Chart of the Day – American Exceptionalism, $SPY and $TLT

I’ve spoken to many traders recently who have pointed out the strength in bonds.  Though they’ve all noticed that bonds are flat in 2 months as stocks are higher, the reactions have been varied.

Some point to it as a sign that the bond market is more concerned than the stock market about economic growth.  Others dismiss that theory, pointing to the concurrent rise in bonds and stocks throughout the past 2 years.  They attribute the recent bond strength to more dovish talk by the Fed, plain and simple, which is bullish for stocks.  Finally, I’ve heard the theory that all U.S. assets are bid this year because other developed countries and even the large emerging markets (all the BRICs, for example) are struggling.

Among this chatter, I decided to chart the SPY / TLT ratio going back almost a decade to see whether it might signal any strong relationship.  I immediately recognized that the ratio looked almost identical to another chart I had looked at recently – the MSCI World Equity Index.  Here is the SPY / TLT ratio (orange) vs. the MSCI World Equity Index (black), going back 8 years:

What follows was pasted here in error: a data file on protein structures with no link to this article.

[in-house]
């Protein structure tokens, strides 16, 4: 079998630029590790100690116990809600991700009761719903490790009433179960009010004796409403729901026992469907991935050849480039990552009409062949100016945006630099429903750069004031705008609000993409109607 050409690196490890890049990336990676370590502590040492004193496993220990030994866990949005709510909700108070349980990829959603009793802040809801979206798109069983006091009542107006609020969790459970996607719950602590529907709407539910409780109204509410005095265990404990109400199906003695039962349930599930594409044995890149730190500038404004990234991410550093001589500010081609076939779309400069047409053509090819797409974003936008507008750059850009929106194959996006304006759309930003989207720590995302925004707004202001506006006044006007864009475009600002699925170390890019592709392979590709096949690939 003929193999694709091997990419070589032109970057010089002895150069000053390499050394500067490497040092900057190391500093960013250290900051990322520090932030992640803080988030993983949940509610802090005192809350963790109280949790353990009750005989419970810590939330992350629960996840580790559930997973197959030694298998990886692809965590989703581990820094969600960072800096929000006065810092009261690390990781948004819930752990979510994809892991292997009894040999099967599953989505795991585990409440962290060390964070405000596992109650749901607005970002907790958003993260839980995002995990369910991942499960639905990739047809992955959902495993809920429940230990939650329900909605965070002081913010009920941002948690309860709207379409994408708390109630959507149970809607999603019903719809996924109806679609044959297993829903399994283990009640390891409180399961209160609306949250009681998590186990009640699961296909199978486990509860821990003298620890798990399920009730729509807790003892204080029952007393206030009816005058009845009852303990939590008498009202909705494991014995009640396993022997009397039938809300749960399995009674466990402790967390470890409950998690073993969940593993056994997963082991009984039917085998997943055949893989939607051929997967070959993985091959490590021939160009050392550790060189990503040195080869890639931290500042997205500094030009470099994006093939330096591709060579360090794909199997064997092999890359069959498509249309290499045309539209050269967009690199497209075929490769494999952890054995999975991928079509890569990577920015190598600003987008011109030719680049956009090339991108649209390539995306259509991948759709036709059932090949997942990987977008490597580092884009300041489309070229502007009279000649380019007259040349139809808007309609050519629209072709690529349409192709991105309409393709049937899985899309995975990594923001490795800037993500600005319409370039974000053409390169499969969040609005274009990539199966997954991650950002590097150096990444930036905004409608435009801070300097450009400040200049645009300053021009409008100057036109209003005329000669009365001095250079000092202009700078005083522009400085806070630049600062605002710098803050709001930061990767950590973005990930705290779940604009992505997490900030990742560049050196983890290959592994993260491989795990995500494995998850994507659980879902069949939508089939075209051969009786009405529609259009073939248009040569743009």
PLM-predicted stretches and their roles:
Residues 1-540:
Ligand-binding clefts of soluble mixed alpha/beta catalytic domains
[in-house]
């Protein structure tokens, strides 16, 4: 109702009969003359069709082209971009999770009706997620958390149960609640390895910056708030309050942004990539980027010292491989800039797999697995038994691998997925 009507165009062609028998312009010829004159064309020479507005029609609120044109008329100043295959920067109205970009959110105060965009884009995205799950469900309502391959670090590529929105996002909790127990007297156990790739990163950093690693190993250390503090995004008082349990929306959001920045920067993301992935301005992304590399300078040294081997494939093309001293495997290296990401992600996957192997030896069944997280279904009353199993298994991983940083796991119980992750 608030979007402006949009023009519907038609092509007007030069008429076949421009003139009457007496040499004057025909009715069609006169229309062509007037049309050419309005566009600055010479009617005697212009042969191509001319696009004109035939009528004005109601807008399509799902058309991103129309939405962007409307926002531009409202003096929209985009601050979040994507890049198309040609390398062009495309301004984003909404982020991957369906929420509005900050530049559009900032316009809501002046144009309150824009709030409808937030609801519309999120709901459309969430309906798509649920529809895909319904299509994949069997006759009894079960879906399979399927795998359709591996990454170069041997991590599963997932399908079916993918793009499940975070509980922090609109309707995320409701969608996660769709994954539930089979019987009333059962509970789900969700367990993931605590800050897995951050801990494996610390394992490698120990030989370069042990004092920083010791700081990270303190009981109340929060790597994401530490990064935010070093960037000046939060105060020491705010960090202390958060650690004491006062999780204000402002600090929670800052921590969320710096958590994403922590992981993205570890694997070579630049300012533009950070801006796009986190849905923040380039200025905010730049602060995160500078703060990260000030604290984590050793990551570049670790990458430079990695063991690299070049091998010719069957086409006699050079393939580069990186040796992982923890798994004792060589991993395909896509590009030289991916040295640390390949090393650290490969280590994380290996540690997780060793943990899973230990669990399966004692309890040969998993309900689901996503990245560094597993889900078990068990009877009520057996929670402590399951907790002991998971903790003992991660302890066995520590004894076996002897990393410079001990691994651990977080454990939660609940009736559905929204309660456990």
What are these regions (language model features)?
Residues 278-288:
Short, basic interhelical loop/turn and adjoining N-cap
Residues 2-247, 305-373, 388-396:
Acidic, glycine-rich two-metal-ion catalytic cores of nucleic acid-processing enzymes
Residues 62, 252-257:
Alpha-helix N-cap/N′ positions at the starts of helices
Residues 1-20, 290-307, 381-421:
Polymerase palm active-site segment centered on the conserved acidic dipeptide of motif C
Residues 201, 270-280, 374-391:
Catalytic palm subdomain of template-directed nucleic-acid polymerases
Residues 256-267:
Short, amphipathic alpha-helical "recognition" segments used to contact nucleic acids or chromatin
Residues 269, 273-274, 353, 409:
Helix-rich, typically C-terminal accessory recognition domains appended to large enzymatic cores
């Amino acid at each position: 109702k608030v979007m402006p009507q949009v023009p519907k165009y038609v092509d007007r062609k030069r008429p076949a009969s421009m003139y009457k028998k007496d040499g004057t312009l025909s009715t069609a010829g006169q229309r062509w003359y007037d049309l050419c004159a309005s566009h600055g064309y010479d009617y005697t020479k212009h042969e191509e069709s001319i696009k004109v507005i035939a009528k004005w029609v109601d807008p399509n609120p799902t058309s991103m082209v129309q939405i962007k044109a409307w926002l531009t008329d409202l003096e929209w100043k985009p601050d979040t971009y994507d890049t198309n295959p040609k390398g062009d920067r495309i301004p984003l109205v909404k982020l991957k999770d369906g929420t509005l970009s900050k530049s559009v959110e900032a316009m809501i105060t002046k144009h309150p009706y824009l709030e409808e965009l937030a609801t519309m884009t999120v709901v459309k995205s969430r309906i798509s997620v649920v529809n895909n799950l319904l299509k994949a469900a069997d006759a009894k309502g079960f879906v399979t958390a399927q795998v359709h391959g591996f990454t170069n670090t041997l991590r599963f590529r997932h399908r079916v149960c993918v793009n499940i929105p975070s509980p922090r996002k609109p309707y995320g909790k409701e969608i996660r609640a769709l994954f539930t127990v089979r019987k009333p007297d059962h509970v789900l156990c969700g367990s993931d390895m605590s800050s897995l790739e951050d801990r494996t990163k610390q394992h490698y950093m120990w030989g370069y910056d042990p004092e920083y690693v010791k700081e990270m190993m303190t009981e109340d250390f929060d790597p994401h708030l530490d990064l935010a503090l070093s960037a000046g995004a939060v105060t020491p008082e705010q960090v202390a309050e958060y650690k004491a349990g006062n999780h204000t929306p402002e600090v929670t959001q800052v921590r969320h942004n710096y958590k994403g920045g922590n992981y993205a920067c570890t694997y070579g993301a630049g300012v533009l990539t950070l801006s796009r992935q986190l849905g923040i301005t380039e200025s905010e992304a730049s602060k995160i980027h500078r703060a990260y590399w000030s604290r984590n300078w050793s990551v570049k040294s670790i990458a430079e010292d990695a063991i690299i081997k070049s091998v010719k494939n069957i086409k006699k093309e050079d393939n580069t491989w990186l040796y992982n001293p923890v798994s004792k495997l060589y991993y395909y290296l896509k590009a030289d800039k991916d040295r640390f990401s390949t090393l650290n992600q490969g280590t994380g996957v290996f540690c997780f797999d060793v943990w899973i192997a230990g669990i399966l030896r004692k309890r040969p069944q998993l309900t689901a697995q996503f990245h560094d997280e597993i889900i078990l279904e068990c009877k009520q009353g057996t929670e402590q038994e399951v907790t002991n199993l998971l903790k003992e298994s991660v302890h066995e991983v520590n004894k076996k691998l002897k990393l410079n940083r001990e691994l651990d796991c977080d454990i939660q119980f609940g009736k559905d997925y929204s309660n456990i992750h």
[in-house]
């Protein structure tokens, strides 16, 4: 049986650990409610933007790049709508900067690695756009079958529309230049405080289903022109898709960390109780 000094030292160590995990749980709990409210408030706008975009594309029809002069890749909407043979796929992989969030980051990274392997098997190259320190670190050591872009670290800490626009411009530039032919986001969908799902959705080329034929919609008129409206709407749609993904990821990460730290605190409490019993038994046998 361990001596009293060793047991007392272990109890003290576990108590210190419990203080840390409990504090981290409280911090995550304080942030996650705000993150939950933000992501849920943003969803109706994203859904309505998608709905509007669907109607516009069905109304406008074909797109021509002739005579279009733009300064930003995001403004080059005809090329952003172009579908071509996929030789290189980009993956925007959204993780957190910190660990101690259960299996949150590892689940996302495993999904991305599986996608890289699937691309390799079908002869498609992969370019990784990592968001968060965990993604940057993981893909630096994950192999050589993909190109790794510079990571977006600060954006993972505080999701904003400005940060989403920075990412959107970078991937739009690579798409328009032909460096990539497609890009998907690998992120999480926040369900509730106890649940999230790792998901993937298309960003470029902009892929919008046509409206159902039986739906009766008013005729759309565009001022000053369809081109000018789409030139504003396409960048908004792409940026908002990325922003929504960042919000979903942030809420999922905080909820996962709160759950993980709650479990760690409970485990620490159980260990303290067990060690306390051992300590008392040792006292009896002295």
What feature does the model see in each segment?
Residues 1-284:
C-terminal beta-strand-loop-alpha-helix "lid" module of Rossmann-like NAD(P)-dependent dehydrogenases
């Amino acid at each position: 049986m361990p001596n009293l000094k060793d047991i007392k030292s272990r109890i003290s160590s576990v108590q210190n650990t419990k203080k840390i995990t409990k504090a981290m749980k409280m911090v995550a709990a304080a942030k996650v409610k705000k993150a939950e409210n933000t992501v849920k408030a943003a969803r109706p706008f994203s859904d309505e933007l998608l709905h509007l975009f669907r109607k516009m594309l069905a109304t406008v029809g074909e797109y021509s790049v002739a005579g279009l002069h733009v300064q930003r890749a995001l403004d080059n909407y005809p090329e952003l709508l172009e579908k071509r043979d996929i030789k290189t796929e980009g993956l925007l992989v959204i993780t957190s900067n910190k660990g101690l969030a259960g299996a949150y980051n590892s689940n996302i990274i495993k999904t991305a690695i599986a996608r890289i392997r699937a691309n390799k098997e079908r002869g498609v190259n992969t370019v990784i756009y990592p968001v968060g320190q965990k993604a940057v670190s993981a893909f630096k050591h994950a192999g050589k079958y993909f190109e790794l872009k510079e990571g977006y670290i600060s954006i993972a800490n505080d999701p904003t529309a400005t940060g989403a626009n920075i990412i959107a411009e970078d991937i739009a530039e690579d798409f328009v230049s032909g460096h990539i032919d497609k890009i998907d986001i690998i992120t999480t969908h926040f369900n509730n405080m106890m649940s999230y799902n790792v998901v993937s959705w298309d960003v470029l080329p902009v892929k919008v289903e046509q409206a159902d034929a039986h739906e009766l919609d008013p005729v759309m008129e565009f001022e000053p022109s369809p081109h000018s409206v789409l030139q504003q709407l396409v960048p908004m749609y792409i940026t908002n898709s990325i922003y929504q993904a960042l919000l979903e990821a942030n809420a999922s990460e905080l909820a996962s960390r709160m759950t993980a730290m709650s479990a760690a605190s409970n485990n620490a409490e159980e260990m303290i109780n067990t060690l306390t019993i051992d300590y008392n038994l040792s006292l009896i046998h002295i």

Courtesy of Bloomberg

Courtesy of Bloomberg

A very close fit.  Now naturally, part of this is due to the fact that the SPY is closely correlated to the MSCI World Index in the first place.  But the SPY / TLT ratio is a much closer fit to the MSCI World Index than it is to SPY on its own (notice that both are still far away from making new all-time highs, in contrast to U.S. stock indices).

My general (unresearched, out-of-the-blue) take on this chart is that it’s another sign that global investors are more confident in American financial markets than most others around the globe, both from a growth and safety perspective.  As a result, in risk-on environments over the past 4 years, the U.S. outperforms the MSCI World index, and in risk-off environments, U.S. Treasury bonds are the safe haven of choice.  Over time, that has resulted in both a SPY and a TLT that are much higher than they were several years ago, but the ratio closely mirrors the overall ebb and flow of global equity markets as the risk environment changes.

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